Invited keynote speaker at WETICE 2014, June 23rd-25th, 2014

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Dr. Rao Mikkilineni

Chief Scientist, C3 DNA Inc., Santa Clara, California, USA

Title: Infusing Self-awareness into Turing Machine – A Path to Cognitive Distributed Computing

Abstract: Turing’s formulation of computation in terms of functions to process information using simple read, compute (change state) and write instructions combined with the introduction of program, data duality by von Neumann has allowed information technology (IT) to model, monitor, reason and control any physical system.  Many-core processors and virtualization technologies with on-demand resource provisioning, application agility and high-bandwidth communications have made web-scale services available anywhere at any time. However, as the scale of distributed systems increases, so does the limitation of the current computing model:

  •  Fluctuations play a major role: (for example, Google is experiencing “emergent behaviour” with their scheduling algorithms as the number of components increase).
  • As the computing workloads fluctuate wildly, attempts to improve resiliency of the services results in complexity. 70% of IT budget is consumed in assuring availability, performance and security
  • More importantly, current models of computation – Computationalism (based on Turing machine) and Connectionism (modelled after neural networks) both are inadequate to model cognitive processes involving dynamic coupling between various elements, where each change in one element continually influences every other element’s direction of change.

In this talk, we discuss a new autonomic computing approach that demonstrates self-management and the separation of resources and services without disturbing the current Turing machine implementations. The DIME network architecture (DNA) uses its non-von Neumann parallel implementation of a managed Turing machine with a signalling network overlay to address some of the limitations of both Computationalism and Connectionism. The architecture provides a mechanism for injecting sensors and actuators into a Turing Machine and allows implementing autonomic distributed computing where the computers and the programs they execute are orchestrated to achieve the overall intent while optimizing available computing resources. We present an implementation of cognitive cloud services that provides on-demand provisioning, self-repair, auto-scaling, live-migration and end-to-end service transaction security using a popular web services stack deployed across distributed servers (virtualized or not). The network of networks using the new computing, management and programming models allows modelling dynamic processes with intent and has profound implications to large scale distributed structures where the computer and the computed have to work in harmony to address inherent large-scale fluctuations.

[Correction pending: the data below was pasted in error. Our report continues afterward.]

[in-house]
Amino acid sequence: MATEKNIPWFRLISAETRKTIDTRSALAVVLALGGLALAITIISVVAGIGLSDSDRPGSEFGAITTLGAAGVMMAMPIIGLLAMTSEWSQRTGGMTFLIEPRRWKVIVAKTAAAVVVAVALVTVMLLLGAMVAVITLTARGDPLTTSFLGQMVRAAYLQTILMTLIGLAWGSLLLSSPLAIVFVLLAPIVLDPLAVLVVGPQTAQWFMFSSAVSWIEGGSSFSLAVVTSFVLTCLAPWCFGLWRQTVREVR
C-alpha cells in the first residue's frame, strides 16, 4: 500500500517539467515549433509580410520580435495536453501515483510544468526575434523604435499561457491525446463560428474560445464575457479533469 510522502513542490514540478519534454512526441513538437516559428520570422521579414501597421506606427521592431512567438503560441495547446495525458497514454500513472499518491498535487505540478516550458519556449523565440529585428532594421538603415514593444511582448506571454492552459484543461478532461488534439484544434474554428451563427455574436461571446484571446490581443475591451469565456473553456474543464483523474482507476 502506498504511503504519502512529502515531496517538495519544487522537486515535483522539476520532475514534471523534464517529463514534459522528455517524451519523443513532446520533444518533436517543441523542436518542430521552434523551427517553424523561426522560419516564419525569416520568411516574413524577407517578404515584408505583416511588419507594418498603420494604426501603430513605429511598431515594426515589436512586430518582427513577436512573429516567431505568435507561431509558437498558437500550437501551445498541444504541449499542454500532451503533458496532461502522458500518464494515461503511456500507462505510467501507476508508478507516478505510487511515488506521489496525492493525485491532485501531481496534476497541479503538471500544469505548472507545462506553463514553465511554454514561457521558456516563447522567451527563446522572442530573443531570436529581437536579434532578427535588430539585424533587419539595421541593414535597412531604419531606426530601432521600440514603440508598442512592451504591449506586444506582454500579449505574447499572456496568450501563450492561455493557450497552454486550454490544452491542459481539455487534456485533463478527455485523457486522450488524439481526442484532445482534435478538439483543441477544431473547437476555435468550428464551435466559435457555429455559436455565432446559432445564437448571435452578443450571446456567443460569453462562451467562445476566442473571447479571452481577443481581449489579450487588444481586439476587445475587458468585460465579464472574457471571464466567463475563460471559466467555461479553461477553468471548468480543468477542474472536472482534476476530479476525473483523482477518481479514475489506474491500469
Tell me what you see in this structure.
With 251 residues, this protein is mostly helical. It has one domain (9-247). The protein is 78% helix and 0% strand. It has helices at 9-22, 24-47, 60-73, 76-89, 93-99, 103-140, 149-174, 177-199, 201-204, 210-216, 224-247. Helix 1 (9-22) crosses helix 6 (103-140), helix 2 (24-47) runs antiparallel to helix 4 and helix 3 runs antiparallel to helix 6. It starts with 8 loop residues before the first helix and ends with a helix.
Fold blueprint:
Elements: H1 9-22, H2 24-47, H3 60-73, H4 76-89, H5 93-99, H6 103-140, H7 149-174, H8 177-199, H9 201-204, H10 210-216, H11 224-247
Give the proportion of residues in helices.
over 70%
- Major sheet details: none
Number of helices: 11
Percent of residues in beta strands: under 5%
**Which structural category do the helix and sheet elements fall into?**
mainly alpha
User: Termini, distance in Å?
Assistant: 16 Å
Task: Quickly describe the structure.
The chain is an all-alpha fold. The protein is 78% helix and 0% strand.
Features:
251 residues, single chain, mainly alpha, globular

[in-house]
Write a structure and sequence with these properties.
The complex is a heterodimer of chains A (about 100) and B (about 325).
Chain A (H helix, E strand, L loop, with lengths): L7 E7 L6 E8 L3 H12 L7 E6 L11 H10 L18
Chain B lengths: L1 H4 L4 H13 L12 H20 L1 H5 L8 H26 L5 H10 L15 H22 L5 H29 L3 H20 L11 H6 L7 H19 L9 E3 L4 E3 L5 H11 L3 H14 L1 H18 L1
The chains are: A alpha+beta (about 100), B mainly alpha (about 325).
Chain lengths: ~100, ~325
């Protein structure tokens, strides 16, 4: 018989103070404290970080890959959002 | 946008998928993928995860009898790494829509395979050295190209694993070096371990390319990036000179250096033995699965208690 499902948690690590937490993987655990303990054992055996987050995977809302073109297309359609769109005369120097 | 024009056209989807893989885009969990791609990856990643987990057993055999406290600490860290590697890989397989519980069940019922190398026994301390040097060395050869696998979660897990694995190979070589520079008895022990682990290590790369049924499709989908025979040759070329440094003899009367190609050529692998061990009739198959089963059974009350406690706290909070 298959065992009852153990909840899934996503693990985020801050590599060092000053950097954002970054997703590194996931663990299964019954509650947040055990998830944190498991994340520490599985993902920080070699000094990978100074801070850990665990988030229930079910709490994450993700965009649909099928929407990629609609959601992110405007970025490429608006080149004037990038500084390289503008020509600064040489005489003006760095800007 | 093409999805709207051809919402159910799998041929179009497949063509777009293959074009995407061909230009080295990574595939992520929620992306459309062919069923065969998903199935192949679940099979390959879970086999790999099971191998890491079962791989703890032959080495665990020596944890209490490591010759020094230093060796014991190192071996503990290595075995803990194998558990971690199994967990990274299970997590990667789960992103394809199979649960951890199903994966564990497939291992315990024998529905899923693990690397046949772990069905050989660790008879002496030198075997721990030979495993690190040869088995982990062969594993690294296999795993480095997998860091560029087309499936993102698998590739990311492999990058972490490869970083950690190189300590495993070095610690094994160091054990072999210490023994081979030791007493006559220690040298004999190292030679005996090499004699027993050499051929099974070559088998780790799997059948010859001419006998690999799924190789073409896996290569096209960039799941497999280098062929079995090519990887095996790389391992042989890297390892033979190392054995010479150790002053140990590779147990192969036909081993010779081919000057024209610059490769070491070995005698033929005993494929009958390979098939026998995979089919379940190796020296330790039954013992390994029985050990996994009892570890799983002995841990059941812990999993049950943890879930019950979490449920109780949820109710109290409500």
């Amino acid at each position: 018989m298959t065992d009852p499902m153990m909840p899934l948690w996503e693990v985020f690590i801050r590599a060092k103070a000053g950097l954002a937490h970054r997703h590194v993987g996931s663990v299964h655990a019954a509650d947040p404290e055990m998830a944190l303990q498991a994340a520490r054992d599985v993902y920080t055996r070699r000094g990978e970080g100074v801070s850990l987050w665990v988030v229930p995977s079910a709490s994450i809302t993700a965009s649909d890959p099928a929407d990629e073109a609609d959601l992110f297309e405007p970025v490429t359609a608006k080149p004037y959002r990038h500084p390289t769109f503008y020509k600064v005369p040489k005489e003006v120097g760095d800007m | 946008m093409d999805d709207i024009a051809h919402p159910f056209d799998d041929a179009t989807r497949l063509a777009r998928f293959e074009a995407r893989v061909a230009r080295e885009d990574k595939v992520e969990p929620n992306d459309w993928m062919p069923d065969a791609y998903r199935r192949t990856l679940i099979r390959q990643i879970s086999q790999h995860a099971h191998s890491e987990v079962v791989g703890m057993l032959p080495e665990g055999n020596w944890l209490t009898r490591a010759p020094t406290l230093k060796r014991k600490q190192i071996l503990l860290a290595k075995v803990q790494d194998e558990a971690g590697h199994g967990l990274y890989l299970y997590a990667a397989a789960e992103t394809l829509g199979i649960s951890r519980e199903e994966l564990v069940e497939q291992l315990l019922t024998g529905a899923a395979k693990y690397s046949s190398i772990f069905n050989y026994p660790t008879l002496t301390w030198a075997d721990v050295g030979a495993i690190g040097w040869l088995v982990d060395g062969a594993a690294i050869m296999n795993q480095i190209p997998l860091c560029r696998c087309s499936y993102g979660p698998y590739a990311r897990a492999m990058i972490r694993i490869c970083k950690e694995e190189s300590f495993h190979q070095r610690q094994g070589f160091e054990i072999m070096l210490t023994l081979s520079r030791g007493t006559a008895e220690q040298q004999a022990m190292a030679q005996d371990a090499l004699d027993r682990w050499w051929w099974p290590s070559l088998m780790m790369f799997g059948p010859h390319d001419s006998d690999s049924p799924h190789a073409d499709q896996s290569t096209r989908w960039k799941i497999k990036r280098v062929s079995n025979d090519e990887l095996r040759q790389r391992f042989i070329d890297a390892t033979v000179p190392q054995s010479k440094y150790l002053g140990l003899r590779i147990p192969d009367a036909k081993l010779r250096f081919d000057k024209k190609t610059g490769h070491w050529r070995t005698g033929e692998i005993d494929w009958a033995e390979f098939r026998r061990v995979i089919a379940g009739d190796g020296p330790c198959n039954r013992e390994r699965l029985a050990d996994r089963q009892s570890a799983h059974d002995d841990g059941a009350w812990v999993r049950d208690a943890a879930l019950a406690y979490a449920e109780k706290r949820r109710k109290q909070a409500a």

Biography: Dr. Rao Mikkilineni received his PhD from University of California, San Diego in 1972 working under the guidance of prof. Walter Kohn (Nobel Laureate 1998).  He later worked as a research associate at the University of Paris, Orsay, Courant Institute of Mathematical Sciences, New York and Columbia University, New York. He is currently the Founder and Chief Scientist at C3 DNA Inc., California, a Silicon Valley start-up.  His past experience includes working at AT&T Bell Labs, Bellcore, U S West, several start-ups and more recently at Hitachi Data Systems. He currently chairs IEEE conference track on “Convergence of Distributed Clouds, Grids, and their Management” in WETICE2014. He has published more than fifty papers on topics from Greens Function Monte Carlo to POTS (Plain Old Telephone Service), PANS (Pretty Amazing New Services) using the Internet and SANs (Storage Area Networks). His book “Designing a New Class of Distributed Systems” was published in November 2011 by Springer Verlag, New York. It explores the viability of self-optimizing, self-monitoring autonomous non-von Neumann software systems. His recent paper on a new computing model for creating a new class of distributed computing services with the architectural resiliency of cellular organisms was published in the Turing centenary conference proceedings

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